If you look up the word diner on Wikipedia, you’ll find that it is defined as “a small restaurant found predominantly in the Northeastern United States and Midwest, as well as in other parts of the US, Canada, and parts of Western Europe. However, the kind of diners we all remember from our childhood are fast disappearing from the American landscape. And that’s a shame. In the past, a good diner was the focal point of many a small town. The food was usually what we referred to as “home cooked,” and included such staples as pot roast, meat loaf, corned beef, and other family favorites. If your mother cooked it, chances are it was also served at the local diner.
Today, when traveling, most of us are forced to eat breakfast or lunch at chain restaurants such as McDonald’s™, Burger King™, Hardy’s™, and Arby’s™. The only thing in favor of these establishments is their ubiquitousness. You can’t go anywhere without running into one. And where there’s one, there are sure to be others. They sit nestled alongside one another like a murder of crows at every off ramp along every Interstate highway. And murder is the appropriate term for what they do to food. The stuff they serve is barely edible (one exception is Chick-Fil-A™, which provides wholesome food at affordable prices). Sadly, we’ve become so used to what they serve that we accept it because it looks and tastes familiar. A good diner, on the other hand, is much harder to find, but doing so is usually well worth the effort.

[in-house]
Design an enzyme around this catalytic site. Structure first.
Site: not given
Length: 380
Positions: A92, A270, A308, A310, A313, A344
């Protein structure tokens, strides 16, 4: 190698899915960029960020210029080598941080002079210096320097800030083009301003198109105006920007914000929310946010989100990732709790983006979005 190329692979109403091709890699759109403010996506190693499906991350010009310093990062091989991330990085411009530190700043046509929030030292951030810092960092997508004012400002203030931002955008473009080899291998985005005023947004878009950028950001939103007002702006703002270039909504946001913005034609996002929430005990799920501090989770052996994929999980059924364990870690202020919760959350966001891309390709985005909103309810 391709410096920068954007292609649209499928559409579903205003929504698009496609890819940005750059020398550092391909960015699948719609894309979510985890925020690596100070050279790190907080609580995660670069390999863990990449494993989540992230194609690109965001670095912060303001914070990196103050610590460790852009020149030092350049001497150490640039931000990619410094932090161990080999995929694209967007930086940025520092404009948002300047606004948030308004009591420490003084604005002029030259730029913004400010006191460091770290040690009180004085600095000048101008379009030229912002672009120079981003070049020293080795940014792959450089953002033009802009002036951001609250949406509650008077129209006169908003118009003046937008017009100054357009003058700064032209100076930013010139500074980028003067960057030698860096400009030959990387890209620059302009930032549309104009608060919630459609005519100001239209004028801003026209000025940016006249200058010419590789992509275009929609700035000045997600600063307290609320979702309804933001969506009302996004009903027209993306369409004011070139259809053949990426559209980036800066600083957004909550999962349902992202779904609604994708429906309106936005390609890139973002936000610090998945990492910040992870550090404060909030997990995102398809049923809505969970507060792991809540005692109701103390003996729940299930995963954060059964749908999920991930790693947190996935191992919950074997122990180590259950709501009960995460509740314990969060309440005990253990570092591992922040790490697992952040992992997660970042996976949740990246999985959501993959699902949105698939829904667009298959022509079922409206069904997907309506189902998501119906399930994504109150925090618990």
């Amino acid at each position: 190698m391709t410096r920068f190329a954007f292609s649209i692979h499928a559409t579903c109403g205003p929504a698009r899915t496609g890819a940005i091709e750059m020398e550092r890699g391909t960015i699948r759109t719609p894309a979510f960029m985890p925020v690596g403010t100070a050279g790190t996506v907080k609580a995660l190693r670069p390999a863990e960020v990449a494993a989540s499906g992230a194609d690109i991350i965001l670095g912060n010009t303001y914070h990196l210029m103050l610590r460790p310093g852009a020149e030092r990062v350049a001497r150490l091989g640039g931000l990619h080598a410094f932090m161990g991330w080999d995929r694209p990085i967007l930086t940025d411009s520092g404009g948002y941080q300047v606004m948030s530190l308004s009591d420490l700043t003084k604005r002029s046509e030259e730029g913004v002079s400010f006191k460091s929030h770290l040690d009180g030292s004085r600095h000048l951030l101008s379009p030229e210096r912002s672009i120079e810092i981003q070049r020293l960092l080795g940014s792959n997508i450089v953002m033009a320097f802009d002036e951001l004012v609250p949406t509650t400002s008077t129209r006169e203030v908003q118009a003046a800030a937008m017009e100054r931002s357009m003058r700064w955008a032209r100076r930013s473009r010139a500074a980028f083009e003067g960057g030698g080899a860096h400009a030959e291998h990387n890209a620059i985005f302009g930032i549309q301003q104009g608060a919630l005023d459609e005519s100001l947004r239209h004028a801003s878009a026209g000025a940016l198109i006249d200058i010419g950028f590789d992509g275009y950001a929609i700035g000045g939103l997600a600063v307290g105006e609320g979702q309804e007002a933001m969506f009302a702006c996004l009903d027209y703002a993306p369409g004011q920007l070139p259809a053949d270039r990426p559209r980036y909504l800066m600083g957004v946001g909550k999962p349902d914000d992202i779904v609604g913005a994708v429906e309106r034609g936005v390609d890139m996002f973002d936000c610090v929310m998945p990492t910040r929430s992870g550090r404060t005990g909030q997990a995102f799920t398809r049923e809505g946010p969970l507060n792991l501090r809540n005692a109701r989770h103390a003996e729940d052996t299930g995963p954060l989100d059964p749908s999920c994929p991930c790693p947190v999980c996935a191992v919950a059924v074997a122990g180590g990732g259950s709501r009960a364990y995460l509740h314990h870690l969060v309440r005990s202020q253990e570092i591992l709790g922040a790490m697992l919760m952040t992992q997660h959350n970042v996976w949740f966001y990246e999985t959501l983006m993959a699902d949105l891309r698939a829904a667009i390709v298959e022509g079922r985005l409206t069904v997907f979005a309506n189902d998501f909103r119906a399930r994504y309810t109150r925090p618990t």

I guess my love of diners goes way back to two such establishments in New Jersey: Rosie’s at the Route 46 Circle in Little Ferry, and Hagler’s in Oradell. The former was famous for the paper towel commercials shot on its premises, and the latter became famous because NFL legend Bill Parcells frequented it—along with yours truly, who actually knew the Super Bowl winning coach in his youth. Sadly, both diners are long gone.
When traveling through New England about five years ago, we were fortunate to happen upon a real gem, the Littleton Diner, in Littleton New Hampshire. It doesn’t have the classic “diner look” of stainless steel on the exterior. But the interior is authentic, and includes a long counter with swiveling stools, and booths with large windows that overlook the main street on which it is situated. The food was so good that we decided to eat dinner there every night during our four-night stay at a nearby bed and breakfast.
If you’re traveling across the breadth of this land, and you want a good home cooked meal, I urge you to Google a “diner near me,” and point your car in the direction given in the response. Chances are you won’t be disappointed. And if you’re in Littleton, New Hampshire, make sure you try the meatloaf at the Littleton Diner. It rocks!